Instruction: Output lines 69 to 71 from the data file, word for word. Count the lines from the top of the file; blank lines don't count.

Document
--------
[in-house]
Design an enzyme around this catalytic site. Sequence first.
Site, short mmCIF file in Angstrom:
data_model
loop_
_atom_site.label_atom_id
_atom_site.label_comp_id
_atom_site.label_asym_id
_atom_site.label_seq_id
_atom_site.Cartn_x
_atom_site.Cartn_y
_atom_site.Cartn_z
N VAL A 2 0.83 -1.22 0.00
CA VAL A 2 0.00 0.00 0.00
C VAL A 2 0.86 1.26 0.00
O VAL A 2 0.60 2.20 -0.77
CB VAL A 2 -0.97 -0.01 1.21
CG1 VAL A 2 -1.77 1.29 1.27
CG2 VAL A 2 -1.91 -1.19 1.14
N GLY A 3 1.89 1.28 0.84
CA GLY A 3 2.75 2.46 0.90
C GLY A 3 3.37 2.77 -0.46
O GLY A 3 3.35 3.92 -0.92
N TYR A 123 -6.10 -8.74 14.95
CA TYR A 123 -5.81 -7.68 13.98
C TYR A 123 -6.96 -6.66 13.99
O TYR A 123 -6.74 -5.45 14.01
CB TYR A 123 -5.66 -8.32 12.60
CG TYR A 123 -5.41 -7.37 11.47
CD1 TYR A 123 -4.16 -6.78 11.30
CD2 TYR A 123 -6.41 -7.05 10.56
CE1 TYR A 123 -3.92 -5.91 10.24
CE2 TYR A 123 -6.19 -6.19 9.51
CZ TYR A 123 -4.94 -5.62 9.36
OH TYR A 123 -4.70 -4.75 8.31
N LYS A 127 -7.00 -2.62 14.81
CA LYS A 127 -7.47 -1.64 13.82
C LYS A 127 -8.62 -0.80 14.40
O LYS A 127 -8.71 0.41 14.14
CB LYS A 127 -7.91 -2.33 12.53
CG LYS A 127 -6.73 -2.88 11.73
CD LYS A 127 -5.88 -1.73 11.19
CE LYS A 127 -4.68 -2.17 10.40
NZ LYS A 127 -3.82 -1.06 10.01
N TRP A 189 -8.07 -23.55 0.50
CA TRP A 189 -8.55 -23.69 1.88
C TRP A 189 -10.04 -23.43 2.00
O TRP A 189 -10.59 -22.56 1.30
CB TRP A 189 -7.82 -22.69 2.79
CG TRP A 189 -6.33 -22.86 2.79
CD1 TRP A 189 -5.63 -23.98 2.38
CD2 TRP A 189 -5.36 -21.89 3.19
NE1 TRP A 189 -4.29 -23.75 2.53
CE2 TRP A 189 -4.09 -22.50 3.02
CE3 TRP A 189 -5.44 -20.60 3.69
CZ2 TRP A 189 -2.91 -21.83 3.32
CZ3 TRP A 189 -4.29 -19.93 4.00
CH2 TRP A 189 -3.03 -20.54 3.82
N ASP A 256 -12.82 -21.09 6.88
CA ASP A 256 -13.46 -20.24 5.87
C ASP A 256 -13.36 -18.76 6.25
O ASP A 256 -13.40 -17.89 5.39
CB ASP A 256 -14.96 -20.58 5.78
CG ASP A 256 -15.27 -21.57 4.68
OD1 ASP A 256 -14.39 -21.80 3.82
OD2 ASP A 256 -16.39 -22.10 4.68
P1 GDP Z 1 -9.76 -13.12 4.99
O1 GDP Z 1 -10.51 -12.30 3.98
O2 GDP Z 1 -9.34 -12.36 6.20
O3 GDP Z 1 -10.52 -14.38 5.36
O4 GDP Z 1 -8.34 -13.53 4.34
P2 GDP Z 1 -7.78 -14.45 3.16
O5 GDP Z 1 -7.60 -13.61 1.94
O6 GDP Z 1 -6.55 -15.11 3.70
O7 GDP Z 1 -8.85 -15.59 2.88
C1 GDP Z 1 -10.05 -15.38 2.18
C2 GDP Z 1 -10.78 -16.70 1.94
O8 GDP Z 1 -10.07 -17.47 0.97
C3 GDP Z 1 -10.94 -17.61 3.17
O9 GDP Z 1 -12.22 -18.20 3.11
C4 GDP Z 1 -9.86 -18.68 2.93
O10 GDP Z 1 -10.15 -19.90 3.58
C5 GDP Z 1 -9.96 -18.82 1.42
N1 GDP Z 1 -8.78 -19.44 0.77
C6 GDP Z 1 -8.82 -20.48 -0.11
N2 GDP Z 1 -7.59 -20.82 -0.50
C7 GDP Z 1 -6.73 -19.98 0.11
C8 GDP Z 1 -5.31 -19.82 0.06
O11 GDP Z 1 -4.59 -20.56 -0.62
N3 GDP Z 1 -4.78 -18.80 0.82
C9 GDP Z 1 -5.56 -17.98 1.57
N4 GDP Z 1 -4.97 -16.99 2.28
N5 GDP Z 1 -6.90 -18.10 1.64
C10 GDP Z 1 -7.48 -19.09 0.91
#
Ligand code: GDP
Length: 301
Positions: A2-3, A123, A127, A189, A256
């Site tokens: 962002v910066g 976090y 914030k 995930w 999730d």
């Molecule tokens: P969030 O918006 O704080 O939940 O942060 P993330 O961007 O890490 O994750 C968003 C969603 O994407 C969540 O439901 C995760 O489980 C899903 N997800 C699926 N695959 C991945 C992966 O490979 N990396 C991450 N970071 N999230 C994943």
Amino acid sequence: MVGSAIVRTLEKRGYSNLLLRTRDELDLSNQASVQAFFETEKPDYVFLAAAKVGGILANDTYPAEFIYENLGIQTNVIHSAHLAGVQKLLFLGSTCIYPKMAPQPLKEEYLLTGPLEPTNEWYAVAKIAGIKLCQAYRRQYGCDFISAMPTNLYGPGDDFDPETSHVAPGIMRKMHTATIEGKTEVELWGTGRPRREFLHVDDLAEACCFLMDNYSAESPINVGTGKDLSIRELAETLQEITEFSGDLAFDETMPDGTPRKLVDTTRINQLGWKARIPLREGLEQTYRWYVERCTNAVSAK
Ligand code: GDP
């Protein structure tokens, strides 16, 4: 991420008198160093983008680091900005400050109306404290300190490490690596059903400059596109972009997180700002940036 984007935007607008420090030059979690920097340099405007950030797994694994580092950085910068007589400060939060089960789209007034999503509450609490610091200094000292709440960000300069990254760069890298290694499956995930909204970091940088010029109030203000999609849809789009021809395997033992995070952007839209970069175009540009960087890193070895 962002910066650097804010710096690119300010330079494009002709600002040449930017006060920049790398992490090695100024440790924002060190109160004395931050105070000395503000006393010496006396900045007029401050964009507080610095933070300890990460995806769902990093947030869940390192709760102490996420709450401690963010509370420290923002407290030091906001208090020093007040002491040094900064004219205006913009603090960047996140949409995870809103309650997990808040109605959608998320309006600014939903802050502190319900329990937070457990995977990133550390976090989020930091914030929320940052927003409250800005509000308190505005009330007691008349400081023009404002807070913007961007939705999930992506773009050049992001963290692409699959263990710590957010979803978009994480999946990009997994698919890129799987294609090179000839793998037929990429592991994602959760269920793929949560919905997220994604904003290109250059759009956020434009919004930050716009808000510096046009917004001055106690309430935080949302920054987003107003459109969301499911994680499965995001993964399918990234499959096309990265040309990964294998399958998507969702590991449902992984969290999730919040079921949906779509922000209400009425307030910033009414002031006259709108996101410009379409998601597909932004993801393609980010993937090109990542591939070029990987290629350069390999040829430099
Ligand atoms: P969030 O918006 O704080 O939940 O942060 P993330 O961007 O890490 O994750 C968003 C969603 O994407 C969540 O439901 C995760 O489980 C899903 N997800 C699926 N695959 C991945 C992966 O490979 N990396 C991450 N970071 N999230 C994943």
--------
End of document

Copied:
O2 GDP Z 1 -9.34 -12.36 6.20
O3 GDP Z 1 -10.52 -14.38 5.36
O4 GDP Z 1 -8.34 -13.53 4.34